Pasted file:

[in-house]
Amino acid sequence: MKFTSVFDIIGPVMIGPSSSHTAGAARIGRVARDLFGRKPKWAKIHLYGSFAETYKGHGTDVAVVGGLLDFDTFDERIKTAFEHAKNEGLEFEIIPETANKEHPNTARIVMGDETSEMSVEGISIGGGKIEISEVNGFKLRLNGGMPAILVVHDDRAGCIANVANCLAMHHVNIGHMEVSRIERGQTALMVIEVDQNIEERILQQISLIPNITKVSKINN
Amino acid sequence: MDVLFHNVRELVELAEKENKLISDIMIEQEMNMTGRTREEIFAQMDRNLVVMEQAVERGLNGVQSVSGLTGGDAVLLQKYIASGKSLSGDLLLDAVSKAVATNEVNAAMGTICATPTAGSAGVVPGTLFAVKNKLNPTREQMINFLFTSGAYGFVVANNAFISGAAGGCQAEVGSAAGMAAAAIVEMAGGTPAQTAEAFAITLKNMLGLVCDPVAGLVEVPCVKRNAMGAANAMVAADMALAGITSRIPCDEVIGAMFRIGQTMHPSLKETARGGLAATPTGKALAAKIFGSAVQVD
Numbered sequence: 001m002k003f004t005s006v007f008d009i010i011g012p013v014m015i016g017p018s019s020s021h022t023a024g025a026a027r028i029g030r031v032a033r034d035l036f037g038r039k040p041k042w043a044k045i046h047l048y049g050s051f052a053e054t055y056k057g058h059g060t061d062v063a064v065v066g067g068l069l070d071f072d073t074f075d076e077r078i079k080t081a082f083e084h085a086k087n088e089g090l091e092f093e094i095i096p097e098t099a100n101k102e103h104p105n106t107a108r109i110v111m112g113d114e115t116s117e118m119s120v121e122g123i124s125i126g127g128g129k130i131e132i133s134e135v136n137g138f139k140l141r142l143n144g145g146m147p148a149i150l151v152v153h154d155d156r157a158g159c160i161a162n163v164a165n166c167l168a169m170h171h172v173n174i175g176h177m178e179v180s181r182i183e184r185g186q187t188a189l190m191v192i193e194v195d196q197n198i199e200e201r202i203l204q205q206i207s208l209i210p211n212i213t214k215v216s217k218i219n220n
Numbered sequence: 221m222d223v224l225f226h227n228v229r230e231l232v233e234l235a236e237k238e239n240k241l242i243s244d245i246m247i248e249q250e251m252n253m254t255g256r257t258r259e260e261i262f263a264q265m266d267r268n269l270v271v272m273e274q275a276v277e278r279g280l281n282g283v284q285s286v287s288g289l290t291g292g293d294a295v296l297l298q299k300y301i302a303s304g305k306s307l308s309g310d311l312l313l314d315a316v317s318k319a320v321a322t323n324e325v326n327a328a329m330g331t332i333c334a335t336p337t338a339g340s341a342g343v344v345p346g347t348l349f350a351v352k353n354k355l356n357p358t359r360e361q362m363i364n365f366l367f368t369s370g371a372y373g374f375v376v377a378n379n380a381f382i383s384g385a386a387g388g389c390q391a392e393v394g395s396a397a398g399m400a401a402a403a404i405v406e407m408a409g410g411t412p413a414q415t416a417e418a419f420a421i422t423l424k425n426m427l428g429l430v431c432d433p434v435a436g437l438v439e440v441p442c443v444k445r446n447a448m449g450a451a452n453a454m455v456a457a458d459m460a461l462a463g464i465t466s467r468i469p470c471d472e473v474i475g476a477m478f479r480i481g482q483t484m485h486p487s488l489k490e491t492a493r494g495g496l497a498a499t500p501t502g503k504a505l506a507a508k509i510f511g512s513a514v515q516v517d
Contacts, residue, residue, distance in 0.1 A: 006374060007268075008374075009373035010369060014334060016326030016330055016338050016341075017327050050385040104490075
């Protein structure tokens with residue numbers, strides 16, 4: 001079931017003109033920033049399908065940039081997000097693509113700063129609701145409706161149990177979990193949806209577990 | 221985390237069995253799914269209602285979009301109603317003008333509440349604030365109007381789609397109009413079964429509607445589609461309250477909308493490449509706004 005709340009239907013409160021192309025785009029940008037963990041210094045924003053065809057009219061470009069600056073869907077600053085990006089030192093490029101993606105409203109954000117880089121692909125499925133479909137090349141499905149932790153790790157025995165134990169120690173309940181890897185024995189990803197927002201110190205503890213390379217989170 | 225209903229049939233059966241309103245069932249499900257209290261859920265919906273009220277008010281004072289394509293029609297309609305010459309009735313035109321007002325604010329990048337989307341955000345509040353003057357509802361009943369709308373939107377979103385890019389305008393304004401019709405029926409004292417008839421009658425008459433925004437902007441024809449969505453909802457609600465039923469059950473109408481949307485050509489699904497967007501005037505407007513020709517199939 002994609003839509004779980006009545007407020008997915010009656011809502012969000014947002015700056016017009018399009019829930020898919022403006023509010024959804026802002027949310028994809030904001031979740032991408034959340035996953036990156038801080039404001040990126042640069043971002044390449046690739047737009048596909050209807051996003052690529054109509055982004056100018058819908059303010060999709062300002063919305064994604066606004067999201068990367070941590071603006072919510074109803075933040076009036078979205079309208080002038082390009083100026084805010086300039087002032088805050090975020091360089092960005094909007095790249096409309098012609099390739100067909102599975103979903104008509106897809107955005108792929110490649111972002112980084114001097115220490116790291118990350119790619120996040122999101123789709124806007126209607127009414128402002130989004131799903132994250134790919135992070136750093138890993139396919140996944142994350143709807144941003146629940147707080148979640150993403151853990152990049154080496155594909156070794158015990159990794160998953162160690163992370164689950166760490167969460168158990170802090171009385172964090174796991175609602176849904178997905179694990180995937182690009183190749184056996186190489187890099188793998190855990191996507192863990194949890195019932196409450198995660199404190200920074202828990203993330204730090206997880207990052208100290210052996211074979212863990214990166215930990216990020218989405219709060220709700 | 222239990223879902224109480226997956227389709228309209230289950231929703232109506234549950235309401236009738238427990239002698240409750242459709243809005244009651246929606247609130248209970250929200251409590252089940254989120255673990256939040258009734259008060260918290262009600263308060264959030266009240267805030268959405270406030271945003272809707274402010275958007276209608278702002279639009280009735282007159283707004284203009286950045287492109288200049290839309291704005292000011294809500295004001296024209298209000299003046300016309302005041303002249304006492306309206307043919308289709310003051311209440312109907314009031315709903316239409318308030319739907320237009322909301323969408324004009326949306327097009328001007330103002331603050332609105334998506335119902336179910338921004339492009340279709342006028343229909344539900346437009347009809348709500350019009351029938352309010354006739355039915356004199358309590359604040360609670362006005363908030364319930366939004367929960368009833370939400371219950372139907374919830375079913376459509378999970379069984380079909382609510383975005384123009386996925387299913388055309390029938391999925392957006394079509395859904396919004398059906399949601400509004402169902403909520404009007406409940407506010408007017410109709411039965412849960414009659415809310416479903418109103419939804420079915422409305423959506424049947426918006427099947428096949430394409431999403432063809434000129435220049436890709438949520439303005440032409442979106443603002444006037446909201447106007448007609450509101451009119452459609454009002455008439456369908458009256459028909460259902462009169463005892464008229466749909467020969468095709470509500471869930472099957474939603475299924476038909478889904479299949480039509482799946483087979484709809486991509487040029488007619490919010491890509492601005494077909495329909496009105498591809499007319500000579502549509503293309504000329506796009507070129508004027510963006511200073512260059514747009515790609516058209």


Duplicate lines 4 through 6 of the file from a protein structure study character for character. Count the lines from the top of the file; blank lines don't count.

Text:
Numbered sequence: 001m002k003f004t005s006v007f008d009i010i011g012p013v014m015i016g017p018s019s020s021h022t023a024g025a026a027r028i029g030r031v032a033r034d035l036f037g038r039k040p041k042w043a044k045i046h047l048y049g050s051f052a053e054t055y056k057g058h059g060t061d062v063a064v065v066g067g068l069l070d071f072d073t074f075d076e077r078i079k080t081a082f083e084h085a086k087n088e089g090l091e092f093e094i095i096p097e098t099a100n101k102e103h104p105n106t107a108r109i110v111m112g113d114e115t116s117e118m119s120v121e122g123i124s125i126g127g128g129k130i131e132i133s134e135v136n137g138f139k140l141r142l143n144g145g146m147p148a149i150l151v152v153h154d155d156r157a158g159c160i161a162n163v164a165n166c167l168a169m170h171h172v173n174i175g176h177m178e179v180s181r182i183e184r185g186q187t188a189l190m191v192i193e194v195d196q197n198i199e200e201r202i203l204q205q206i207s208l209i210p211n212i213t214k215v216s217k218i219n220n
Numbered sequence: 221m222d223v224l225f226h227n228v229r230e231l232v233e234l235a236e237k238e239n240k241l242i243s244d245i246m247i248e249q250e251m252n253m254t255g256r257t258r259e260e261i262f263a264q265m266d267r268n269l270v271v272m273e274q275a276v277e278r279g280l281n282g283v284q285s286v287s288g289l290t291g292g293d294a295v296l297l298q299k300y301i302a303s304g305k306s307l308s309g310d311l312l313l314d315a316v317s318k319a320v321a322t323n324e325v326n327a328a329m330g331t332i333c334a335t336p337t338a339g340s341a342g343v344v345p346g347t348l349f350a351v352k353n354k355l356n357p358t359r360e361q362m363i364n365f366l367f368t369s370g371a372y373g374f375v376v377a378n379n380a381f382i383s384g385a386a387g388g389c390q391a392e393v394g395s396a397a398g399m400a401a402a403a404i405v406e407m408a409g410g411t412p413a414q415t416a417e418a419f420a421i422t423l424k425n426m427l428g429l430v431c432d433p434v435a436g437l438v439e440v441p442c443v444k445r446n447a448m449g450a451a452n453a454m455v456a457a458d459m460a461l462a463g464i465t466s467r468i469p470c471d472e473v474i475g476a477m478f479r480i481g482q483t484m485h486p487s488l489k490e491t492a493r494g495g496l497a498a499t500p501t502g503k504a505l506a507a508k509i510f511g512s513a514v515q516v517d
Contacts, residue, residue, distance in 0.1 A: 006374060007268075008374075009373035010369060014334060016326030016330055016338050016341075017327050050385040104490075